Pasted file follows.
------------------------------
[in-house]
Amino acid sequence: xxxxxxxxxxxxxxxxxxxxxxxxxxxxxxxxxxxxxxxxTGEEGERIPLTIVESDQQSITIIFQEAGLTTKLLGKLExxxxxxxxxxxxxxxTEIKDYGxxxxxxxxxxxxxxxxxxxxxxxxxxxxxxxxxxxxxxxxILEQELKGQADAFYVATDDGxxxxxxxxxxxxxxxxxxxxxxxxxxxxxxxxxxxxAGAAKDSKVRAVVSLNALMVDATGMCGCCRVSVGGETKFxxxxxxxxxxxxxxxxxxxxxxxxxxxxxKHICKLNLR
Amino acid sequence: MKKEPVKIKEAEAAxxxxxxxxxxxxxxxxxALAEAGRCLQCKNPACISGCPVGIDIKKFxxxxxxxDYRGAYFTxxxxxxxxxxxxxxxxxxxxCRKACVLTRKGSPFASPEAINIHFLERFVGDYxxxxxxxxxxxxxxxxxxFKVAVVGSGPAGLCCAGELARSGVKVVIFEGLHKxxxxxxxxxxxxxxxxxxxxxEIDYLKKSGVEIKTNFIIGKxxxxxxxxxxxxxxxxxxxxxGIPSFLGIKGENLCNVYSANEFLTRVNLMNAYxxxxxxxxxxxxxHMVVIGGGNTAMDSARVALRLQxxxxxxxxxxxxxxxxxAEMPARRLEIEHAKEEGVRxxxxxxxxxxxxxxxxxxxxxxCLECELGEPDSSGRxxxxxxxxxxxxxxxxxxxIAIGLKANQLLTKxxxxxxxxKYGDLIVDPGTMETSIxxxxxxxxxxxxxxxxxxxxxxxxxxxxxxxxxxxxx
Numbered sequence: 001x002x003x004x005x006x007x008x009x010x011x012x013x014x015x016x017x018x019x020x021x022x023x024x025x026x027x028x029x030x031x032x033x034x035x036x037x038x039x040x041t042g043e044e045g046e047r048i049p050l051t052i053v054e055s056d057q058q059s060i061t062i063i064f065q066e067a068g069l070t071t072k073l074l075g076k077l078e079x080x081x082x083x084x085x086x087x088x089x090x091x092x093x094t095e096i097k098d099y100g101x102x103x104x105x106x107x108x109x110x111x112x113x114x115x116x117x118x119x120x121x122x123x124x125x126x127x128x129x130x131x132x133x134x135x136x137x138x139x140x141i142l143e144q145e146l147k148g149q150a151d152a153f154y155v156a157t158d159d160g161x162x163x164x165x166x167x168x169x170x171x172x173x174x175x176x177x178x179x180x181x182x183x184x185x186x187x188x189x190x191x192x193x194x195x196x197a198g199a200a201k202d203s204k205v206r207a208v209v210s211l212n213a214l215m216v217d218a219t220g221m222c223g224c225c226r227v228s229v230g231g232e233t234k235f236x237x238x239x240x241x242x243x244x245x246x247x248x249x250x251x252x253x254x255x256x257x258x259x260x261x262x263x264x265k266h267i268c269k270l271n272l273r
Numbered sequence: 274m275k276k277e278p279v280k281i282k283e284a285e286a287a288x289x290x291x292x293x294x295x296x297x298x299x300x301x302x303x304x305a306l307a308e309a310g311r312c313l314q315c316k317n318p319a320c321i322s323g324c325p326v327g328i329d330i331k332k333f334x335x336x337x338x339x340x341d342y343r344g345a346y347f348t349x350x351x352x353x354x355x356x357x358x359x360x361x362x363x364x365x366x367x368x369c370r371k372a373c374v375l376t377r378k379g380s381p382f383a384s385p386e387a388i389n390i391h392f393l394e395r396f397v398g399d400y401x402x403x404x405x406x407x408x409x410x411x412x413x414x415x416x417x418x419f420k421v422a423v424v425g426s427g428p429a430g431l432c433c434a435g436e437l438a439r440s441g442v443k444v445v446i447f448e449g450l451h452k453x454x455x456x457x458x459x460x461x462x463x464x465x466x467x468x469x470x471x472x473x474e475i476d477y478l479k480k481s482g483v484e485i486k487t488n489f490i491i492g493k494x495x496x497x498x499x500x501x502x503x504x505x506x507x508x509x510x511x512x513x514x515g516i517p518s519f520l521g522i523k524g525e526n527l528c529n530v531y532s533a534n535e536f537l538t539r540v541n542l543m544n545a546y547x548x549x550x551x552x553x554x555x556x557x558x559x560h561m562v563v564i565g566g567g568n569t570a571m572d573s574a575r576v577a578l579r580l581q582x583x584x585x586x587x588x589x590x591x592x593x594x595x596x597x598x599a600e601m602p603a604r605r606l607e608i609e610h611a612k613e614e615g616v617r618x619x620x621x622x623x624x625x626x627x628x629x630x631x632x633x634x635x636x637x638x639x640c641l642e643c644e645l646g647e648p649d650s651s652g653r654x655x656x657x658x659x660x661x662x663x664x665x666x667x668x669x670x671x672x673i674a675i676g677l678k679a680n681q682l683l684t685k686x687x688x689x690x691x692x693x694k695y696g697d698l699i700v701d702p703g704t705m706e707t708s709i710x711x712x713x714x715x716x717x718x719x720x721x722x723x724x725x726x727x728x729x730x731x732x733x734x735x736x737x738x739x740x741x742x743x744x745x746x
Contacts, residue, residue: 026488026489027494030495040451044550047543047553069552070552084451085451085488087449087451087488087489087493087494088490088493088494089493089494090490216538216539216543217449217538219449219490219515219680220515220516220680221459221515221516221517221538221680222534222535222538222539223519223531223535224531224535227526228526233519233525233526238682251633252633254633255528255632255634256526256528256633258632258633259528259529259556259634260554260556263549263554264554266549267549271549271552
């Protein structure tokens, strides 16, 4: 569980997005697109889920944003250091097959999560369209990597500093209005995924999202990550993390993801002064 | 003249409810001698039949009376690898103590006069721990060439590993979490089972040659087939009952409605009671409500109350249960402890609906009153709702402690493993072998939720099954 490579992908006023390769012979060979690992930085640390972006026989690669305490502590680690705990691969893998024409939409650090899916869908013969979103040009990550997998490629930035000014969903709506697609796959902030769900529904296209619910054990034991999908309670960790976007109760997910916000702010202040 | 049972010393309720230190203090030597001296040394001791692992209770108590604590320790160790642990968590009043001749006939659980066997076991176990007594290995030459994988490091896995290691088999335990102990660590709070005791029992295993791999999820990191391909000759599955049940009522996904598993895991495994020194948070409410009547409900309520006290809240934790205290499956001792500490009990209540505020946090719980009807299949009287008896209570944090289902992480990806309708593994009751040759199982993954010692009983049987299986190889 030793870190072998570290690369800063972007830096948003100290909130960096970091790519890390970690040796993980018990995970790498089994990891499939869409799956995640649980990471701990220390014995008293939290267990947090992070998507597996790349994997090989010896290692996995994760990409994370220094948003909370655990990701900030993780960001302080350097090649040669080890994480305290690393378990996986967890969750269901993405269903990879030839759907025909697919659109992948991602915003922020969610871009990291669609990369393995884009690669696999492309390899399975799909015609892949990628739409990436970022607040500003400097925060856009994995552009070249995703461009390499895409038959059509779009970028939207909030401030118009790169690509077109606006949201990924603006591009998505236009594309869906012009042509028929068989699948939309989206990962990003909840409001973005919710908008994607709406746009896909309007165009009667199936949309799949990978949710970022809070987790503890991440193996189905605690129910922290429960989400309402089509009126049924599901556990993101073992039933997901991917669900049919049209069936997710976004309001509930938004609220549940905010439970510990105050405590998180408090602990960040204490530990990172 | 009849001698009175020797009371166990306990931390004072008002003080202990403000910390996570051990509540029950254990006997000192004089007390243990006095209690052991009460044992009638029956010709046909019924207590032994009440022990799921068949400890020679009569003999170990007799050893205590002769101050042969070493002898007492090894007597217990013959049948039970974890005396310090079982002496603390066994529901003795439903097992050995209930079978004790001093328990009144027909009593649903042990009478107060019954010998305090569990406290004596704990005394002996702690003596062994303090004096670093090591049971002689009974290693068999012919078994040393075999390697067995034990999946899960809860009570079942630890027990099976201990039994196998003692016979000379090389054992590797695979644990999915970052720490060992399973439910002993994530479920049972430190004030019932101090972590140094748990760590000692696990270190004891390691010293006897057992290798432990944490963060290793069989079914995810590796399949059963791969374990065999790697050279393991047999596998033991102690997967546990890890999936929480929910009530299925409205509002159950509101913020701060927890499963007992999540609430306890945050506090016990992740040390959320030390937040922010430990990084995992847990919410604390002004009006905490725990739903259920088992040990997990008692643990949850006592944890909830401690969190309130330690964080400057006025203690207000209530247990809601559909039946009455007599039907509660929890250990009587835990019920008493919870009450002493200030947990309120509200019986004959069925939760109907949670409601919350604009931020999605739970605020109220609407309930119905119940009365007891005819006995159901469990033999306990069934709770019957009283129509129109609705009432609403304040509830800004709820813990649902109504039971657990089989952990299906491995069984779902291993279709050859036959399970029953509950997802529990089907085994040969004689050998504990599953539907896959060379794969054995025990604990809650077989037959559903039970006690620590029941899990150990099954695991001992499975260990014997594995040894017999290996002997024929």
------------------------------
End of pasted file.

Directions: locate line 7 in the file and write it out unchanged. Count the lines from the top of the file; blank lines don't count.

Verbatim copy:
């Protein structure tokens, strides 16, 4: 569980997005697109889920944003250091097959999560369209990597500093209005995924999202990550993390993801002064 | 003249409810001698039949009376690898103590006069721990060439590993979490089972040659087939009952409605009671409500109350249960402890609906009153709702402690493993072998939720099954 490579992908006023390769012979060979690992930085640390972006026989690669305490502590680690705990691969893998024409939409650090899916869908013969979103040009990550997998490629930035000014969903709506697609796959902030769900529904296209619910054990034991999908309670960790976007109760997910916000702010202040 | 049972010393309720230190203090030597001296040394001791692992209770108590604590320790160790642990968590009043001749006939659980066997076991176990007594290995030459994988490091896995290691088999335990102990660590709070005791029992295993791999999820990191391909000759599955049940009522996904598993895991495994020194948070409410009547409900309520006290809240934790205290499956001792500490009990209540505020946090719980009807299949009287008896209570944090289902992480990806309708593994009751040759199982993954010692009983049987299986190889 030793870190072998570290690369800063972007830096948003100290909130960096970091790519890390970690040796993980018990995970790498089994990891499939869409799956995640649980990471701990220390014995008293939290267990947090992070998507597996790349994997090989010896290692996995994760990409994370220094948003909370655990990701900030993780960001302080350097090649040669080890994480305290690393378990996986967890969750269901993405269903990879030839759907025909697919659109992948991602915003922020969610871009990291669609990369393995884009690669696999492309390899399975799909015609892949990628739409990436970022607040500003400097925060856009994995552009070249995703461009390499895409038959059509779009970028939207909030401030118009790169690509077109606006949201990924603006591009998505236009594309869906012009042509028929068989699948939309989206990962990003909840409001973005919710908008994607709406746009896909309007165009009667199936949309799949990978949710970022809070987790503890991440193996189905605690129910922290429960989400309402089509009126049924599901556990993101073992039933997901991917669900049919049209069936997710976004309001509930938004609220549940905010439970510990105050405590998180408090602990960040204490530990990172 | 009849001698009175020797009371166990306990931390004072008002003080202990403000910390996570051990509540029950254990006997000192004089007390243990006095209690052991009460044992009638029956010709046909019924207590032994009440022990799921068949400890020679009569003999170990007799050893205590002769101050042969070493002898007492090894007597217990013959049948039970974890005396310090079982002496603390066994529901003795439903097992050995209930079978004790001093328990009144027909009593649903042990009478107060019954010998305090569990406290004596704990005394002996702690003596062994303090004096670093090591049971002689009974290693068999012919078994040393075999390697067995034990999946899960809860009570079942630890027990099976201990039994196998003692016979000379090389054992590797695979644990999915970052720490060992399973439910002993994530479920049972430190004030019932101090972590140094748990760590000692696990270190004891390691010293006897057992290798432990944490963060290793069989079914995810590796399949059963791969374990065999790697050279393991047999596998033991102690997967546990890890999936929480929910009530299925409205509002159950509101913020701060927890499963007992999540609430306890945050506090016990992740040390959320030390937040922010430990990084995992847990919410604390002004009006905490725990739903259920088992040990997990008692643990949850006592944890909830401690969190309130330690964080400057006025203690207000209530247990809601559909039946009455007599039907509660929890250990009587835990019920008493919870009450002493200030947990309120509200019986004959069925939760109907949670409601919350604009931020999605739970605020109220609407309930119905119940009365007891005819006995159901469990033999306990069934709770019957009283129509129109609705009432609403304040509830800004709820813990649902109504039971657990089989952990299906491995069984779902291993279709050859036959399970029953509950997802529990089907085994040969004689050998504990599953539907896959060379794969054995025990604990809650077989037959559903039970006690620590029941899990150990099954695991001992499975260990014997594995040894017999290996002997024929």